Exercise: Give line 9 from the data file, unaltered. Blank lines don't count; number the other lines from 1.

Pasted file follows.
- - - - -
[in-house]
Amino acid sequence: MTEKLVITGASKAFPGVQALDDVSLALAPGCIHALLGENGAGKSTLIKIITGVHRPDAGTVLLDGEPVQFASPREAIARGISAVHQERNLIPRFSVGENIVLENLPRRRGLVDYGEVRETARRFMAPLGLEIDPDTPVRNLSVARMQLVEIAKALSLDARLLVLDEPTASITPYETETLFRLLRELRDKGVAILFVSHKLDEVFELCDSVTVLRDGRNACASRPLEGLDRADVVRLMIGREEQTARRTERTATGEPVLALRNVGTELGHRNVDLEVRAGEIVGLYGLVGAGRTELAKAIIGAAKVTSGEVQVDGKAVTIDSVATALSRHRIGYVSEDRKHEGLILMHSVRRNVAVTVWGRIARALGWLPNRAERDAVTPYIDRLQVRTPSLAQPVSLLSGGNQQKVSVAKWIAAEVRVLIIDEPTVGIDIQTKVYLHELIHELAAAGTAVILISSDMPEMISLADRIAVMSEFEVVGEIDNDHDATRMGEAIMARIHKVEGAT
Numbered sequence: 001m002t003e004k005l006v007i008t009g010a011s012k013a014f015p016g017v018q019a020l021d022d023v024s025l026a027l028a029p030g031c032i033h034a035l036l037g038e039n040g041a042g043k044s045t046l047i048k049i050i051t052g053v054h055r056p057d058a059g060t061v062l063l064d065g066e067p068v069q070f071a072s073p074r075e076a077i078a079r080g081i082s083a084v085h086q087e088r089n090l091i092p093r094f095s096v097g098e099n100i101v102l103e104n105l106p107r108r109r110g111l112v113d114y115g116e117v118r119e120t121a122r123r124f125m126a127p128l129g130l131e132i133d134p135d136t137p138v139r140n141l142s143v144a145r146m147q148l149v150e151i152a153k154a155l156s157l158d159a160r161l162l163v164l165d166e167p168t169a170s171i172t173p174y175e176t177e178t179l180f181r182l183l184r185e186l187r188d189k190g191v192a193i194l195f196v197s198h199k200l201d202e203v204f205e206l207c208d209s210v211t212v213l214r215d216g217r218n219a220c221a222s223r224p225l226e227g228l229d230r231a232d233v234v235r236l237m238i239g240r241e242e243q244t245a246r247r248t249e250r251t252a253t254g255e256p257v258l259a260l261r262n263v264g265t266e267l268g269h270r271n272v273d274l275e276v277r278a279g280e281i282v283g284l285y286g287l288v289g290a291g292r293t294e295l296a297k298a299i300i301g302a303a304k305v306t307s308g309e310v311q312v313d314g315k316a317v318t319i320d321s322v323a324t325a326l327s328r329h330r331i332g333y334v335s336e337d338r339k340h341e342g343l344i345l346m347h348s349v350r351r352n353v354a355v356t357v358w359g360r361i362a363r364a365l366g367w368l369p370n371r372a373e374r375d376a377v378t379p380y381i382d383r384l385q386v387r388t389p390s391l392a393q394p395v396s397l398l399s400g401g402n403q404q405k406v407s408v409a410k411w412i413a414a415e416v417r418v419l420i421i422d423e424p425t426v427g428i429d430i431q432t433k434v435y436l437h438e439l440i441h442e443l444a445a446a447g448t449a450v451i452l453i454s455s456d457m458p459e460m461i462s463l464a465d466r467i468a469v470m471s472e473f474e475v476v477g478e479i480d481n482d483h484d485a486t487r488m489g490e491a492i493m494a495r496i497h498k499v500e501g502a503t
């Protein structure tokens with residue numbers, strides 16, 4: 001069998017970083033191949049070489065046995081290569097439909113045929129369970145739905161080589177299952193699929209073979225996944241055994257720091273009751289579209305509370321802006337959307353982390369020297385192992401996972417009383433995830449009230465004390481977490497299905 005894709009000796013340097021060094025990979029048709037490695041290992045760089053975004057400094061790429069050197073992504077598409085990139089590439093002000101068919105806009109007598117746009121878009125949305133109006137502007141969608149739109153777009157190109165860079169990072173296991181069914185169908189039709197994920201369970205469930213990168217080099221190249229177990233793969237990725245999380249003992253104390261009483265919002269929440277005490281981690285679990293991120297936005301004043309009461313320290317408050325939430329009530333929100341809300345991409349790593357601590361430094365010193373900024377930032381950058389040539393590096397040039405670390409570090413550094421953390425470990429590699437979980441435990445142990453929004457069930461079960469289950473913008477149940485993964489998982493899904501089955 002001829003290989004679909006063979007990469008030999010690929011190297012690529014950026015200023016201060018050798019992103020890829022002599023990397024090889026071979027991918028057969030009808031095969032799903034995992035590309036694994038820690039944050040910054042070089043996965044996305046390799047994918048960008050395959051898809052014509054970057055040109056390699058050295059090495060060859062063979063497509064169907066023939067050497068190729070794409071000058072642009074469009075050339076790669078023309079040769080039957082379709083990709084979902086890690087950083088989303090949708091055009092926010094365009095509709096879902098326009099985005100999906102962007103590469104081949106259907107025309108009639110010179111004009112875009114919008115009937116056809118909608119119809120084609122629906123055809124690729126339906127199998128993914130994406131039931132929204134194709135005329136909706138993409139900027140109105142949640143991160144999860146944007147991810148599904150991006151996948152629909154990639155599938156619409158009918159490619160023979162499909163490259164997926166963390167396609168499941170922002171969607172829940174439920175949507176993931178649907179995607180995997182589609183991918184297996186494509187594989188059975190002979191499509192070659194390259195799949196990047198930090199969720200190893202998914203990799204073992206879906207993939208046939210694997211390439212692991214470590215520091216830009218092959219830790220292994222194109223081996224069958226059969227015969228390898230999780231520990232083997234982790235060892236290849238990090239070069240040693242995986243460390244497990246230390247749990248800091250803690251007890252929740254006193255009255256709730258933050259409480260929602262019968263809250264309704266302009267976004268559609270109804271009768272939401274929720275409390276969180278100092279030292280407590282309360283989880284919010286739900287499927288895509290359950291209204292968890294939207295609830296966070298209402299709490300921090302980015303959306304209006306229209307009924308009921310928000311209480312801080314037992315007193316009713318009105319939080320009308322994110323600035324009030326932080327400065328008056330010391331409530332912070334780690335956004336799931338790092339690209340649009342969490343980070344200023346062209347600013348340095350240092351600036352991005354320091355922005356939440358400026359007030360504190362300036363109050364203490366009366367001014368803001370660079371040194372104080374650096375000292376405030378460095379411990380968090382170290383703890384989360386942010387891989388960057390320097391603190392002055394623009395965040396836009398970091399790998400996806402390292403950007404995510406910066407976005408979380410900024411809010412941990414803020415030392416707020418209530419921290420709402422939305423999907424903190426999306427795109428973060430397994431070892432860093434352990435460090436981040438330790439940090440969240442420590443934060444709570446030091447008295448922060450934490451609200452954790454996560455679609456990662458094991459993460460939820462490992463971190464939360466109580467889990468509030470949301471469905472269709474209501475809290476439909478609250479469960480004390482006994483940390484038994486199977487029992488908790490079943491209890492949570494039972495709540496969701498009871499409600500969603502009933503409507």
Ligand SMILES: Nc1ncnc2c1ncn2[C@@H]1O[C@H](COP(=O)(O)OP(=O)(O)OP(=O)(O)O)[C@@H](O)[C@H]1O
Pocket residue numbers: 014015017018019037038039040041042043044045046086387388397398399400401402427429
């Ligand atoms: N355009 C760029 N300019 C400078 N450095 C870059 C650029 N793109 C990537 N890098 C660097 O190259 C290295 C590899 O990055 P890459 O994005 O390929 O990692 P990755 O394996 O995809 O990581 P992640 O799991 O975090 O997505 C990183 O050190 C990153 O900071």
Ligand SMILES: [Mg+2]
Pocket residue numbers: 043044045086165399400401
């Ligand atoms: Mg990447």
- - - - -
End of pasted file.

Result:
Pocket residue numbers: 043044045086165399400401